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  • Jessica Scherl

Treatment Plan

Doctors have found that Neuroblastoma responds well too many forms of cancer fighting medicines and techniques. Since Payton has high risk neuroblastoma, she has an intensive treatment plan that is expected to take about 15 - 18 months. This intensive treatment plan includes chemotherapy, surgery, two back-to-back stem cell transplants, radiation therapy, and immunotherapy. The plan is divided into three stages: Induction, Consolidation, and post-Consolidation.

Induction: Chemotherapy is used to kill and shrink as much of the tumor as possible. Payton is expected to do about 4 cycles of chemo before surgery and one cycle of chemo after. Each cycle of chemo is about 21 days, the first 5 days will be inpatient at John's Hopkins where Payton will be given her chemo medication through her IV. After day 5, she is in "recovery" where typically her blood cell counts will go down and then slowly start to go back up. The hope is that Payton will be able to "recover" at home for those two weeks between cycles. Once her counts are at a good number, she will be able to move on to her next cycle of chemo.

Surgery will ideally happening between chemo cycle 4 and 5. The tumor should be much smaller and easier to operate on. Surgery will probably not be able to remove the entire tumor, which the doctors are expecting and prepared for.

Consolidation: During consolidation, very high doses of chemotherapy are given to kill any remaining cancer cells. This chemo also destroys healthy bone marrow, where blood cells are made. Because of this, the doctors will harvest Payton's bone marrow while it is still healthy right after cycle 2 of chemo. Her harvested bone marrow will go to a lab to be stored until her bone marrow transplant day.

A bone marrow transplant is a procedure that helps the body make new healthy blood cells to replace the blood cells that may have been harmed by the chemo. Payton's own steam cells that were collected during induction will be given back to her by an infusion into her IV. This process is called an autologous stem cell transplant (ASCT), meaning your own blood stem cells are infused rather than cells from a donor.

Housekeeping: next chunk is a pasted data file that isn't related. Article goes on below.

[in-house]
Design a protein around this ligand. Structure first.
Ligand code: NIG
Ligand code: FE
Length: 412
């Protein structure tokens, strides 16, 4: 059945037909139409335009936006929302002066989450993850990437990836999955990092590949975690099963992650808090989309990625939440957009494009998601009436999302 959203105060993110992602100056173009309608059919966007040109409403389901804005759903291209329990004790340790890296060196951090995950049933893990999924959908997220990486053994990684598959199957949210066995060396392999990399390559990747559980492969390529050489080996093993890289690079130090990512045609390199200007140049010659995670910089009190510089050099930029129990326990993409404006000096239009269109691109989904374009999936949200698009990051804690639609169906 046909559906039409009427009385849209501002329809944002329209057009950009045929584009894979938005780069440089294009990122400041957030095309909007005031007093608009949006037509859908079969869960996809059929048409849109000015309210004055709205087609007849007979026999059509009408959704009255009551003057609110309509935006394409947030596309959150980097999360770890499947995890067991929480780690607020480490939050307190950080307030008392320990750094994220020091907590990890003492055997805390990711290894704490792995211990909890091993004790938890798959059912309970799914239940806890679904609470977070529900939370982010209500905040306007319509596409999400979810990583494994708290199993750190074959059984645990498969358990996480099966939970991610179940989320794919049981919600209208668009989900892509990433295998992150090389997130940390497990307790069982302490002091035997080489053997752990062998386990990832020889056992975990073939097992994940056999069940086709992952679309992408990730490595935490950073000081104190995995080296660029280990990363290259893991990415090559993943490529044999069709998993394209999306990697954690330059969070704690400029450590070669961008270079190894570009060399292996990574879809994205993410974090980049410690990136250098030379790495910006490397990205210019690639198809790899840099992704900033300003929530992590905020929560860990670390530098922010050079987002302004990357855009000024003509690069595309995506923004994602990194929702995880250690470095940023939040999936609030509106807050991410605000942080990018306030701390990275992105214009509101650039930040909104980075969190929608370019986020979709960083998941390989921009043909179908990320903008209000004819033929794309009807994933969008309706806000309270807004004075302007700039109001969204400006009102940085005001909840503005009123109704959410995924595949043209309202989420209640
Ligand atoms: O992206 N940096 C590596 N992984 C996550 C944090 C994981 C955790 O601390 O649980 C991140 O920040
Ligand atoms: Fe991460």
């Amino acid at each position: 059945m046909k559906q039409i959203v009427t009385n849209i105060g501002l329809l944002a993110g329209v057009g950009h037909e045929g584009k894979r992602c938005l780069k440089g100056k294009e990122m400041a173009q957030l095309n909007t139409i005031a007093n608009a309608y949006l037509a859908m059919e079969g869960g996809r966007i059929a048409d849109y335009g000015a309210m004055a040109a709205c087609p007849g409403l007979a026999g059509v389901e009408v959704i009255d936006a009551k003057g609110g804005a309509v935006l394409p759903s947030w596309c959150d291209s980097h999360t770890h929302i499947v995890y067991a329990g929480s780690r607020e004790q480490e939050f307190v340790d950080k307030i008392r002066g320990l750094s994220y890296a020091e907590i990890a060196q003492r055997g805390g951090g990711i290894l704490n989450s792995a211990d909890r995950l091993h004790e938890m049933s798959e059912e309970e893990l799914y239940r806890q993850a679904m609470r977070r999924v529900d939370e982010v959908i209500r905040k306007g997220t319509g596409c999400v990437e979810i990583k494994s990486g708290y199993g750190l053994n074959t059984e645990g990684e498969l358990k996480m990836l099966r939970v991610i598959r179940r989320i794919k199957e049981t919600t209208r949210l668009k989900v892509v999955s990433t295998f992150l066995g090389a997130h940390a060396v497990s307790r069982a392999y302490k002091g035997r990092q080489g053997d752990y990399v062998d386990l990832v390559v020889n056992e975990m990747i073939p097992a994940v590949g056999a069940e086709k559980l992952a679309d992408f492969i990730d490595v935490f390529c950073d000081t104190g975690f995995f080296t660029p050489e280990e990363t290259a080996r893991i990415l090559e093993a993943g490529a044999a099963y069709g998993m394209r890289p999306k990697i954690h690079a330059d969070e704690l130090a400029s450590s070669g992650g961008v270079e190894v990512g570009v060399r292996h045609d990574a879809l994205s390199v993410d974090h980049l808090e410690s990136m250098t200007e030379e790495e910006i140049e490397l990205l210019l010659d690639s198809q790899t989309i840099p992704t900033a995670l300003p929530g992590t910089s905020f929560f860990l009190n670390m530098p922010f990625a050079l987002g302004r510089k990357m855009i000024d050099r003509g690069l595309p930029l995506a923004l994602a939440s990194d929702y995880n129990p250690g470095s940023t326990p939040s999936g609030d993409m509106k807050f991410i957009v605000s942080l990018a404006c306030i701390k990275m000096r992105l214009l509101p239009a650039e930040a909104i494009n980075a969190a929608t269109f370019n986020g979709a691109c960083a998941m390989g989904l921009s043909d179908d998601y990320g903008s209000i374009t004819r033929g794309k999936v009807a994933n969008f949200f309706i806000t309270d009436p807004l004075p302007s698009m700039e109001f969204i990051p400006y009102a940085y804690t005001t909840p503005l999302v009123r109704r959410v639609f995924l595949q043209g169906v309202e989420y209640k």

Payton will have two back-to-back stem cell transplants. From my understanding, she will be given a cycle of very high does of chemo first, then the stem cell transplant to help her body recover and replace harmed blood cells. Each transplant we are expecting to spend 4-5 weeks in the hospital. This will help the nurses and doctors keep a very close eye on Payton as she recovers. The doctors plan to send us home for some time between the two transplants, to help with our emotional recovery.

Once Payton has healed from her bone marrow transplants, radiation therapy will begin. Radiation therapy uses high-energy x-rays to target and destroy any remaining cancer cells.

Post-Consolidation: Immunotherapy treatment is given for the last 6 months of treatment. These drugs will help Payton's immune system find and kill any remaining or hiding cancer cells.

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